Our "thought of the day," is not mine, sadly, but hails instead from Ken Myers' most recent Mars Hill periodical abstract. He summarizes well how the steamroller of popular culture has so overwhelmed the belief-affirming and intergenerational glue of "traditional" culture:"From a theological perspective, we were created for community, for membership, for mutual trinity-imitating belonging. Cultures are not simply adaptive mechanisms that facilitate survival, they are the necessary extensions of our image-bearing being."
This is a great statement, and a caution against the tendency to shrink away from understanding, engaging, and changing culture, but yet we must avoid being overeager to embrac the latest offerings of "contemporary" culture as Ken continues..."That's why social, political, and economic institutions that encourage us to move in a direction that is post-cultural, or anti-cultural, or auto-cultural are finally dehumanizing. In the past few decades, many Christian churches have adopted techniques of ministry that fit nicely into this post-, anti-, or auto-cultural regime. These techniques are sometimes labeled "contemporary," and they are often consciously pitted against "traditional" forms of ministry. The leaders of the various movements that have championed these retoolings seem to be largely oblivious to the problems I have briefly outlined above. In their writings to explain the necessity of their approaches, one reads a great deal about how traditions need to be dismantled in order to reach more people. But there is no evidence that they have wrestled with the question of whether or not traditions are necessary to keep a people together (at many levels) over time. The Gospel itself is then another commodity individually appropriated, not the foundation of a community, not the announcement of a new people committed to a shared way of life forward into many generations. Such re-invented churches are successful in reaching many individuals, which is absolutely no surprise. It would be shocking if they didn't. But if they are to become communities rather than strategies, they will have to take more seriously the necessity of traditions as vehicles of committed memory."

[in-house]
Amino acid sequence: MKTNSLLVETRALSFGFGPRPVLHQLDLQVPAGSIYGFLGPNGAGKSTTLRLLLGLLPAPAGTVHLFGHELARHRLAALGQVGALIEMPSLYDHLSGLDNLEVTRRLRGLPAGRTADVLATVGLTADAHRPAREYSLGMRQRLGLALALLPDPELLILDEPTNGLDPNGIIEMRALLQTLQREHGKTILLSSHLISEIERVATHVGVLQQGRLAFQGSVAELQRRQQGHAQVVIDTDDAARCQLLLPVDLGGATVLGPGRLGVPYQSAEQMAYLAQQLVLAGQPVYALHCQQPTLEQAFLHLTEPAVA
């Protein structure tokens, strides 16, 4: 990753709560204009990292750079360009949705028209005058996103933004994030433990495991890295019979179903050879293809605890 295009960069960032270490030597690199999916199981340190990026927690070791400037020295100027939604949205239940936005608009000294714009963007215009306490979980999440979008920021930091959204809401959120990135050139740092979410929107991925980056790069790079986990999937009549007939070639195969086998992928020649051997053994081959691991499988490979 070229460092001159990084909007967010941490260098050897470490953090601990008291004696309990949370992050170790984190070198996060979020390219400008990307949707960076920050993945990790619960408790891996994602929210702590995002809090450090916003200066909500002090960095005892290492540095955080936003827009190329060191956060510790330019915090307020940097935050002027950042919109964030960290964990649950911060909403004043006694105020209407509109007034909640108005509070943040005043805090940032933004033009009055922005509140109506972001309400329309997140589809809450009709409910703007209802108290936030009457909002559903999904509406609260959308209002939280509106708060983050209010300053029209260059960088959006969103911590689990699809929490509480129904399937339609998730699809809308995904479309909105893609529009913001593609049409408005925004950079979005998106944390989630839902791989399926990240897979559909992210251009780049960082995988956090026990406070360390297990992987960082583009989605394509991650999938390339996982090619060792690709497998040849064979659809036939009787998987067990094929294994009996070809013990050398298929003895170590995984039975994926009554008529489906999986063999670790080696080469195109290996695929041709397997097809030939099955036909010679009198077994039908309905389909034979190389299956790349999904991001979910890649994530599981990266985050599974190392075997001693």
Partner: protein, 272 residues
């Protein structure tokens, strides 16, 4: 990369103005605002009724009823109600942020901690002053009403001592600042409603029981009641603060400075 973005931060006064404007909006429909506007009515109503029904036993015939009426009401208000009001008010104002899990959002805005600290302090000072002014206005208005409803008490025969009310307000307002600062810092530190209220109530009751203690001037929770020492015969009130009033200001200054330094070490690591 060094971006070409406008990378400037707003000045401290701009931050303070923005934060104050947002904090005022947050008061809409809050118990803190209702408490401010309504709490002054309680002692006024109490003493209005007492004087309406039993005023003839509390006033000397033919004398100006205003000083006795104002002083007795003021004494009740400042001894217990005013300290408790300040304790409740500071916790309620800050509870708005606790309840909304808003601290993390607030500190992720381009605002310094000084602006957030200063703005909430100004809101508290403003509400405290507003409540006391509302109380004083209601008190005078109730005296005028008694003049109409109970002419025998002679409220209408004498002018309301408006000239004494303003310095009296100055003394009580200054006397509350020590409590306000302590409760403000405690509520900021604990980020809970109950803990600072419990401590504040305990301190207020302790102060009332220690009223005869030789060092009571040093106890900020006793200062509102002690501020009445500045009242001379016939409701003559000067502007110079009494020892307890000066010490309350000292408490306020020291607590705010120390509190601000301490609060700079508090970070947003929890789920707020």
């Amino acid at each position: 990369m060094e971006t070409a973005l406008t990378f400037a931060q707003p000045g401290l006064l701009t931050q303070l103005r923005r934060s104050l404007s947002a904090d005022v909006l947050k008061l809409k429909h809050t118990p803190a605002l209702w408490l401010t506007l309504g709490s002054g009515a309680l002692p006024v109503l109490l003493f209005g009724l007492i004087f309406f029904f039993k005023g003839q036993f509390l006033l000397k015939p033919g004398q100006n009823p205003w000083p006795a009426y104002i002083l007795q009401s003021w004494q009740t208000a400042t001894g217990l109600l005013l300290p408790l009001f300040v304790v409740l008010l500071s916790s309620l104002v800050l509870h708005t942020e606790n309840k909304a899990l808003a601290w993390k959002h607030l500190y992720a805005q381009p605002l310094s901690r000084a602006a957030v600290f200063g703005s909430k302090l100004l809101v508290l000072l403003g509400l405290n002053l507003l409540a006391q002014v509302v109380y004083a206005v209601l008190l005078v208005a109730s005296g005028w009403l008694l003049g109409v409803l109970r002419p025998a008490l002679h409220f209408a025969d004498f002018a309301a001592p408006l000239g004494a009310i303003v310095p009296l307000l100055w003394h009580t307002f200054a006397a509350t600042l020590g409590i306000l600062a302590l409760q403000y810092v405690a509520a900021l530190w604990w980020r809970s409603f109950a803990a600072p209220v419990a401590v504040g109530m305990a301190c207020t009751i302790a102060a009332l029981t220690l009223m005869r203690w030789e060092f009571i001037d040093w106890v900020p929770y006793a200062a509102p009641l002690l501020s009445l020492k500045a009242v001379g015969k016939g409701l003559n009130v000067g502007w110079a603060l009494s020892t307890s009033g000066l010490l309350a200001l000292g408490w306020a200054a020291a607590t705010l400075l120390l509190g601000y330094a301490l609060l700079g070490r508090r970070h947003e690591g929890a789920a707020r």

Hence the struggle, my friends! The Gospel must be The Gospel
, and not a commodity that is packaged in ever-changing disguises with ever-new flavors highlighted for changing cultural palates. No, it must be what it is, the pungent and yet blissful truth from the pages of the Bible. Still, it is hard to know how we should live and how we should act and how we should think (etc, etc ad infinitum!) in the face of a world that is so confused, culturally diseased, and soul destroying. At the very least, we cling to the truth of the Gospel which has been preserved, by God's grace and the work of all the cultural stewards of Christianity, throughout history. Indeed, that
is the culture to which we cling, the community life of all those who, in God's power, follow Christ.